By Akansha Victor and Sethuraman N R
BENGALURU (Reuters) – Paytm’s stock surged over 7% on Friday after it announced plans to consider a share buyback, but analysts warned it would not bring long-term relief to investors as concerns around the Indian firm’s slow path to profitability remained.
The provider of digital payment solutions has seen its stock plunge around 74% since its mega $2.5 billion IPO in November last year, at a time when tech stocks world over took a beating and questions were raised about Paytm’s ability to monetize its platform.
Late on Thursday, Paytm said it will consider a buyback of shares on Dec. 13, saying it thinks the move will be beneficial for its shareholders “given the company’s prevailing liquidity and financial position.”
Last month, Paytm said it would become free cash flow positive in the next 12-18 months.
“This company is yet to make profits but its in a hurry to announce a buyback,” said Chokkalingam G, Founder, Equinomics Research & Advisory Pvt Ltd, adding that Friday’s stock surge was an opportunity to exit the counter.
Paytm did not respond to a Reuters request for comment. As some people criticized its plans on Twitter, the company defended the move saying it always takes “decisions keeping the long-term interest of our shareholders in mind.”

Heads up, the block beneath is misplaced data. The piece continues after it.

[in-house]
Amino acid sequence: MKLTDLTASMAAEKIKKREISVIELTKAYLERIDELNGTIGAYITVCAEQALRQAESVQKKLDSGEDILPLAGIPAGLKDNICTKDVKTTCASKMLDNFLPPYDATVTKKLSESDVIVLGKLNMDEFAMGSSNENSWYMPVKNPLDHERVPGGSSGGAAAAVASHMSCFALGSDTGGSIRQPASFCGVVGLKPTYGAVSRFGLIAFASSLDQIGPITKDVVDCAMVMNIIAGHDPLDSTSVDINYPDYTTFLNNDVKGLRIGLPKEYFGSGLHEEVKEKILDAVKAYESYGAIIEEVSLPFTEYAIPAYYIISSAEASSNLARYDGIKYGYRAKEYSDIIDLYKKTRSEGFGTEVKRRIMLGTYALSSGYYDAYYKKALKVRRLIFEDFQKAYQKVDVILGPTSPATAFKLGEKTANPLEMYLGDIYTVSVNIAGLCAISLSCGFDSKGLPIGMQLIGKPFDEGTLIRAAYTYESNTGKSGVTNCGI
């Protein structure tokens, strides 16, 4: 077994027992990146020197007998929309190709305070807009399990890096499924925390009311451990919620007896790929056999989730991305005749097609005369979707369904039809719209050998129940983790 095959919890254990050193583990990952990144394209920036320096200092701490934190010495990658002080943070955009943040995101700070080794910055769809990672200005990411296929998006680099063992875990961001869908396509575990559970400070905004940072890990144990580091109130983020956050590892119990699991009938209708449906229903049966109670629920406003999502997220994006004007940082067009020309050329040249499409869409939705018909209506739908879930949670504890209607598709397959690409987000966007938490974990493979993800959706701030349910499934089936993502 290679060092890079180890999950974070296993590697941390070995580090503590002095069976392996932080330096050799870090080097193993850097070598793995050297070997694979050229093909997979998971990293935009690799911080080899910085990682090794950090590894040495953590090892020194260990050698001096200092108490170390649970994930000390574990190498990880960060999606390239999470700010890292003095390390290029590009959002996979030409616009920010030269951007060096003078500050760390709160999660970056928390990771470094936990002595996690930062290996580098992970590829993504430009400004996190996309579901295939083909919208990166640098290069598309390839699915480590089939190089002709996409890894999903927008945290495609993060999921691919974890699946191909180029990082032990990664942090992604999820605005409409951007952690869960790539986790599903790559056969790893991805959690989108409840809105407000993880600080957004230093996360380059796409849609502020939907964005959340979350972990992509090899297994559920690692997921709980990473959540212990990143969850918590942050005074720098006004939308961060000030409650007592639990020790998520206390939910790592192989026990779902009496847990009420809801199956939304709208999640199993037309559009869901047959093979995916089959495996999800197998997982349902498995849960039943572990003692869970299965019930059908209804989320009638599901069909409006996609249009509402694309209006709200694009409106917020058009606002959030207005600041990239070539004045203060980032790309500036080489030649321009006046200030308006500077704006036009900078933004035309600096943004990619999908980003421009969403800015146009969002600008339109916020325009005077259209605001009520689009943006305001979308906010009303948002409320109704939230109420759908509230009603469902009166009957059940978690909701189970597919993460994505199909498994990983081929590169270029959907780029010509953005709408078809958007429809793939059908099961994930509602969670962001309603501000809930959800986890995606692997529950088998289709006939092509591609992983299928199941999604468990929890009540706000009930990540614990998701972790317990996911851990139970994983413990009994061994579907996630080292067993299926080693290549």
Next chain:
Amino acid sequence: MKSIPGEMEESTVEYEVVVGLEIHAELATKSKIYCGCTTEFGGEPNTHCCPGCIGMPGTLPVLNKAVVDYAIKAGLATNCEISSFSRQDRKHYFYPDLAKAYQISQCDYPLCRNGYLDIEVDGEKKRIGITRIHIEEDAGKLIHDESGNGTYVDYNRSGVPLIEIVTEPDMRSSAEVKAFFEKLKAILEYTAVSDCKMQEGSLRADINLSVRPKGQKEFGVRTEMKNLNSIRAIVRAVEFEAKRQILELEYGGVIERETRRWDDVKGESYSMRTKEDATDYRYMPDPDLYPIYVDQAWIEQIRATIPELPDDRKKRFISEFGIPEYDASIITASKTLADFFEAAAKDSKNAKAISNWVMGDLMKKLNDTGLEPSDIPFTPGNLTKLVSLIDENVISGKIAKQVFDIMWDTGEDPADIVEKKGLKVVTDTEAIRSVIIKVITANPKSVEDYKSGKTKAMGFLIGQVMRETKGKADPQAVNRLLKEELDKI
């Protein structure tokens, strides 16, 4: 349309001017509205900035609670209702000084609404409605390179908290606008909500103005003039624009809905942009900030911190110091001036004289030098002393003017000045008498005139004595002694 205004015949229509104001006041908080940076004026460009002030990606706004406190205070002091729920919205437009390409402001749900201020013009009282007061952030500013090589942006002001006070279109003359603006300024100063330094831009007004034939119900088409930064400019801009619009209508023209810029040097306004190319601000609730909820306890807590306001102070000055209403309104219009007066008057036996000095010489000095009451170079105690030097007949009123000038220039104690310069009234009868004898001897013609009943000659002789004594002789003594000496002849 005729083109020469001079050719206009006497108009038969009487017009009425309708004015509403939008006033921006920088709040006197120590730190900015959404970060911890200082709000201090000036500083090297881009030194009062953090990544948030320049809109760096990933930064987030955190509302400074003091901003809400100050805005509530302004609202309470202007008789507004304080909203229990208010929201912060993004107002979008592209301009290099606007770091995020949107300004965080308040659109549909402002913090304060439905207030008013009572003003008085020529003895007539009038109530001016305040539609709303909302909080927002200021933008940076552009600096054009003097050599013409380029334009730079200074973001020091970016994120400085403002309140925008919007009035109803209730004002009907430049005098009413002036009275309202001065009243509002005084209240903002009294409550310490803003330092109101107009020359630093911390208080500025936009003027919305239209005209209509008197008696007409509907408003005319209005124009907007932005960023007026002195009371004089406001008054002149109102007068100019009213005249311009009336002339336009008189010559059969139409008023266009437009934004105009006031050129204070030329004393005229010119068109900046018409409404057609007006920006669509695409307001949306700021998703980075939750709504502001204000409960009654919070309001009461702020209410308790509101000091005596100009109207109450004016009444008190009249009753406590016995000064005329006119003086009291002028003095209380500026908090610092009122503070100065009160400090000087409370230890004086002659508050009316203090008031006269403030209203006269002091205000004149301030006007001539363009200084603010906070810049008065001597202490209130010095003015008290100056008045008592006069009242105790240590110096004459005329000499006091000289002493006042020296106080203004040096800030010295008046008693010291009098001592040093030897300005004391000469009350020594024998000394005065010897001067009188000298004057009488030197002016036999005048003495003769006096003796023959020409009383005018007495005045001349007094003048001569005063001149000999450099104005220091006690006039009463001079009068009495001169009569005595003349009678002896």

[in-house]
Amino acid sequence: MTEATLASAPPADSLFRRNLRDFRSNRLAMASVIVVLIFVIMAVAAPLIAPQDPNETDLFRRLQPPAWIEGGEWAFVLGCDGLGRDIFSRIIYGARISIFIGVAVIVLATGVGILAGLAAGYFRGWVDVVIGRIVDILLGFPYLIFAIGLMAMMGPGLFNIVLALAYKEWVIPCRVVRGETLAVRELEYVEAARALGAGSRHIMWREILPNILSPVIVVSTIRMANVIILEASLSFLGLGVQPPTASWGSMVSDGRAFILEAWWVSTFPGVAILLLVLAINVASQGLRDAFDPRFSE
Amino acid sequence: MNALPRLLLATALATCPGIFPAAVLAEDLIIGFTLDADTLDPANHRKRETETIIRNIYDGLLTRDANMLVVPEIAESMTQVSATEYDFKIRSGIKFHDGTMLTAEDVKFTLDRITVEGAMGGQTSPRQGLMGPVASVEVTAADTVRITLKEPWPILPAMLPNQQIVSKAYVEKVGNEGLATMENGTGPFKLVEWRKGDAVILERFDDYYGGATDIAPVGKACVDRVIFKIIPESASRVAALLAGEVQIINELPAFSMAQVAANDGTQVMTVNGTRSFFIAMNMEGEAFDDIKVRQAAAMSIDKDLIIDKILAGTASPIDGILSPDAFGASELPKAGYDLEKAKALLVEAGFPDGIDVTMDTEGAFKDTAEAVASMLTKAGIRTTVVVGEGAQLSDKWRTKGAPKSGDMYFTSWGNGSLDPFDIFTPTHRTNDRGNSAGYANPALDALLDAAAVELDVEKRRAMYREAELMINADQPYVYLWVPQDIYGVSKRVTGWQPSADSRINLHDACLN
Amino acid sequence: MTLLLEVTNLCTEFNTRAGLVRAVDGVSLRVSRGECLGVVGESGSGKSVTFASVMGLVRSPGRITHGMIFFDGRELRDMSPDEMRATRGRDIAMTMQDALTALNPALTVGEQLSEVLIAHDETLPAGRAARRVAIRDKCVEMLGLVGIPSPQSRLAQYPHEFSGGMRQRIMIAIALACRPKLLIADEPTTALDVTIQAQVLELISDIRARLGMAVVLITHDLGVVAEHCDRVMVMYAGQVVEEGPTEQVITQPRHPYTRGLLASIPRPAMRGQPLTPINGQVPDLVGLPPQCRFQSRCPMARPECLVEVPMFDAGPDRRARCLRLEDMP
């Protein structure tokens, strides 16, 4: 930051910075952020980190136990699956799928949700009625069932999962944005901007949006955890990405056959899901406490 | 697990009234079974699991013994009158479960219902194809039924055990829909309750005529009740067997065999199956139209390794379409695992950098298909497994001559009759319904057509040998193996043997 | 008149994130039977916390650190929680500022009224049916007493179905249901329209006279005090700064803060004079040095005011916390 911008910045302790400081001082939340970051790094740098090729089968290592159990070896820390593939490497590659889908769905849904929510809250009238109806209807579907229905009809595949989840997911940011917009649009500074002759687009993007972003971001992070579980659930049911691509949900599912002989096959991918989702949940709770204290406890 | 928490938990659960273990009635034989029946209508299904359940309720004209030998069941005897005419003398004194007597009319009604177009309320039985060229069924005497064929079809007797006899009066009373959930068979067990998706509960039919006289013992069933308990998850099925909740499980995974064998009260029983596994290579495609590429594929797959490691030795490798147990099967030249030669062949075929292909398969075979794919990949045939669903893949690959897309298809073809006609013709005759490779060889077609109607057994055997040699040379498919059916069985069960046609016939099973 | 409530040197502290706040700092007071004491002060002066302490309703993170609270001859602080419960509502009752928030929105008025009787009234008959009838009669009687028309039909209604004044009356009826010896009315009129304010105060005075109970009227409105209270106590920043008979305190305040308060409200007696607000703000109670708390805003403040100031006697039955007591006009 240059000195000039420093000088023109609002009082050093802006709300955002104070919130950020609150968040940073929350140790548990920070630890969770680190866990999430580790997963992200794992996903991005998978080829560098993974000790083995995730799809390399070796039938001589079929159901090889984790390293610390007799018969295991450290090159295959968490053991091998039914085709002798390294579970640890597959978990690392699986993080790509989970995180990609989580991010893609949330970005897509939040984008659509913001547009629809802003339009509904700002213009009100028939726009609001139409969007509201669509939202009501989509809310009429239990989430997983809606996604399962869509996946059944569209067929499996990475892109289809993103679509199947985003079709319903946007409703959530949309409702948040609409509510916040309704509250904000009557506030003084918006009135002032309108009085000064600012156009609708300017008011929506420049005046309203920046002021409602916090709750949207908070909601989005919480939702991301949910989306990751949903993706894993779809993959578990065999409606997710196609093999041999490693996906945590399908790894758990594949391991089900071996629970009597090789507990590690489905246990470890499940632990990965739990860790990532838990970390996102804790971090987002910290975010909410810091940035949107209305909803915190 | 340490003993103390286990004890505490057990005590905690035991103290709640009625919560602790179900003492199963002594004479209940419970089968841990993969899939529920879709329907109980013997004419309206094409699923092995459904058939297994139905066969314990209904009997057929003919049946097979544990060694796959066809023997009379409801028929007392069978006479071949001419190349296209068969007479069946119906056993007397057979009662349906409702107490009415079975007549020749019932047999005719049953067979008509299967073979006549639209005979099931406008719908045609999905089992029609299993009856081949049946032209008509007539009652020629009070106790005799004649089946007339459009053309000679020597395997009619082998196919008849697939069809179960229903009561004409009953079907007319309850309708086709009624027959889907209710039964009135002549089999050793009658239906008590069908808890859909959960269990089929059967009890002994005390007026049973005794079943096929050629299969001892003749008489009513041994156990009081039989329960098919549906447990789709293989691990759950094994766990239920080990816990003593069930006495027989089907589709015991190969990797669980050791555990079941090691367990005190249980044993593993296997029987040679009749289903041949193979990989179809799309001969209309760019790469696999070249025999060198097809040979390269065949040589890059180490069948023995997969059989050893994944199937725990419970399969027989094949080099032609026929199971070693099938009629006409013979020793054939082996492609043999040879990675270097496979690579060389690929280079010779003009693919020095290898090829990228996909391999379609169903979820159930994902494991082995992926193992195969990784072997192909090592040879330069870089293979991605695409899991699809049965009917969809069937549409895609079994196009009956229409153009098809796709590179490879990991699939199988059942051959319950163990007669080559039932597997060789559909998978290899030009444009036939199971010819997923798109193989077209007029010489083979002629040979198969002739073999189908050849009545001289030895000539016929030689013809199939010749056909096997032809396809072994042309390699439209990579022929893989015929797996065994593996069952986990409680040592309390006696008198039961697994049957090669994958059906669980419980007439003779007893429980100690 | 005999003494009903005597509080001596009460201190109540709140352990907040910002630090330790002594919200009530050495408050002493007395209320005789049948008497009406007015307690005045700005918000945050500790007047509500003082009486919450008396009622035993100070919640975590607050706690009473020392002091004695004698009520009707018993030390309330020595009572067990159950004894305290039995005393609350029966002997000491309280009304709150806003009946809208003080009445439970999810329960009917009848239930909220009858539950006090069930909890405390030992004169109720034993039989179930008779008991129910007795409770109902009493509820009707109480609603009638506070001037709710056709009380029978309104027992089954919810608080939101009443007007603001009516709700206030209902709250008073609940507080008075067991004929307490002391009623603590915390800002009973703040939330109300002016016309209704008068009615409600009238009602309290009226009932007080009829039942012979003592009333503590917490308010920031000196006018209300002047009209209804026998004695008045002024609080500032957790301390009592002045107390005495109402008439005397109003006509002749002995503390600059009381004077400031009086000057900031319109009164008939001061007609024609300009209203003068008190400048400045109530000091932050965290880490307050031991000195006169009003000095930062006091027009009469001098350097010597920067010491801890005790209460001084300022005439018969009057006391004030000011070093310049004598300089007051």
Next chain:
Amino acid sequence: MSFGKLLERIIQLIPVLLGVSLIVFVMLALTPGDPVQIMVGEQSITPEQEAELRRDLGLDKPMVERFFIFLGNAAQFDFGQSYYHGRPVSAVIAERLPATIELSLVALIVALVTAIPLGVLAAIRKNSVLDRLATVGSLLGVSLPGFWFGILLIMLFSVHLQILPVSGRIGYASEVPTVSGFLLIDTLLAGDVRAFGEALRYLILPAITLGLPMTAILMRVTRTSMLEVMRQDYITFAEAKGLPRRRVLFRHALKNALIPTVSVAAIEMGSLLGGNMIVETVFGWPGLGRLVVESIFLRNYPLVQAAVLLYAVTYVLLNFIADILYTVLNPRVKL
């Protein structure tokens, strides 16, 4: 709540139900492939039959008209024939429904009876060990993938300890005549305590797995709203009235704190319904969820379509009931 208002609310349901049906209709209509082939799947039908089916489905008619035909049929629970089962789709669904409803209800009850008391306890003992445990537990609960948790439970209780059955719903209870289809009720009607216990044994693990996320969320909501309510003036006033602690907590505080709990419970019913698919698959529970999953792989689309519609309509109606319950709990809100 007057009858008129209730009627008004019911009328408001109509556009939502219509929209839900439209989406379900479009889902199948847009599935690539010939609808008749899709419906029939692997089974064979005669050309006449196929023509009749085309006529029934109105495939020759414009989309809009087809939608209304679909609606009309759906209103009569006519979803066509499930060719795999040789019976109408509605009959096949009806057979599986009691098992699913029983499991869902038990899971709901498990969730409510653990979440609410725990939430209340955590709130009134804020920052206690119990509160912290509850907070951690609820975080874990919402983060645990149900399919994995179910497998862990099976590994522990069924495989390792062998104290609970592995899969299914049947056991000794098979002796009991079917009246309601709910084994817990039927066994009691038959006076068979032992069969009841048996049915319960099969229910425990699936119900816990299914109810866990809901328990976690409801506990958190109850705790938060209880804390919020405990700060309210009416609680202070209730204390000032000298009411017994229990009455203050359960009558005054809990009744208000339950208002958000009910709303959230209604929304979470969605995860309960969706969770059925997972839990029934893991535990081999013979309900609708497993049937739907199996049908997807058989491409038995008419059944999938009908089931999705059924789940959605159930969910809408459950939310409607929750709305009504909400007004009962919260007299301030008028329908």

The buyback plans come as several technology stocks in India face pressure amid a rising interest rate environment and concerns over valuations. SoftBank-backed Indian e-commerce firm Snapdeal on Friday said it will pull the plug on its $152 million IPO plans due to unfavorable market conditions.
Shriram Subramanian, managing director of Bengaluru-based corporate governance advisory firm InGovern Research Services, said Paytm’s investors should focus on its long-term fundamentals.
“Investors should look at how the company is able to make money from their business, the path to profitability and when will they become profitable rather than focusing on the buyback,” Subramanian said.
(Reporting by Nallur Sethuraman and Akansha Victor; Editing by Aditya Kalra and Nivedita Bhattacharjee)